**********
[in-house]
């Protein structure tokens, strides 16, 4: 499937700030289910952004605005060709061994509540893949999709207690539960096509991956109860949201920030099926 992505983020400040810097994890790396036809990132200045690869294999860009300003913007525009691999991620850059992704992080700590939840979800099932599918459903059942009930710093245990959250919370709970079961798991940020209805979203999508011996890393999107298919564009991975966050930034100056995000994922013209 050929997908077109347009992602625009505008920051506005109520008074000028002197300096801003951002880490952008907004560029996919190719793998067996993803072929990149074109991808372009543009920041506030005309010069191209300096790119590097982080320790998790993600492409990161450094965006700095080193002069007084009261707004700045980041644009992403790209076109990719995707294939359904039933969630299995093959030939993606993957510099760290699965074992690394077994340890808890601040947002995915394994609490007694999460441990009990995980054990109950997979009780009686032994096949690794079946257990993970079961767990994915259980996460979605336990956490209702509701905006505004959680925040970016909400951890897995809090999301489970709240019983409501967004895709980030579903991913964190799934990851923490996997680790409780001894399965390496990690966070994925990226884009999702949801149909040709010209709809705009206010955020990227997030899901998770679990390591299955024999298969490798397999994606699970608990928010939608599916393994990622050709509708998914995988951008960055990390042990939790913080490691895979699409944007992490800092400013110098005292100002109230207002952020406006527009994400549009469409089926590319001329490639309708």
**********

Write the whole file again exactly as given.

[in-house]
């Protein structure tokens, strides 16, 4: 499937700030289910952004605005060709061994509540893949999709207690539960096509991956109860949201920030099926 992505983020400040810097994890790396036809990132200045690869294999860009300003913007525009691999991620850059992704992080700590939840979800099932599918459903059942009930710093245990959250919370709970079961798991940020209805979203999508011996890393999107298919564009991975966050930034100056995000994922013209 050929997908077109347009992602625009505008920051506005109520008074000028002197300096801003951002880490952008907004560029996919190719793998067996993803072929990149074109991808372009543009920041506030005309010069191209300096790119590097982080320790998790993600492409990161450094965006700095080193002069007084009261707004700045980041644009992403790209076109990719995707294939359904039933969630299995093959030939993606993957510099760290699965074992690394077994340890808890601040947002995915394994609490007694999460441990009990995980054990109950997979009780009686032994096949690794079946257990993970079961767990994915259980996460979605336990956490209702509701905006505004959680925040970016909400951890897995809090999301489970709240019983409501967004895709980030579903991913964190799934990851923490996997680790409780001894399965390496990690966070994925990226884009999702949801149909040709010209709809705009206010955020990227997030899901998770679990390591299955024999298969490798397999994606699970608990928010939608599916393994990622050709509708998914995988951008960055990390042990939790913080490691895979699409944007992490800092400013110098005292100002109230207002952020406006527009994400549009469409089926590319001329490639309708």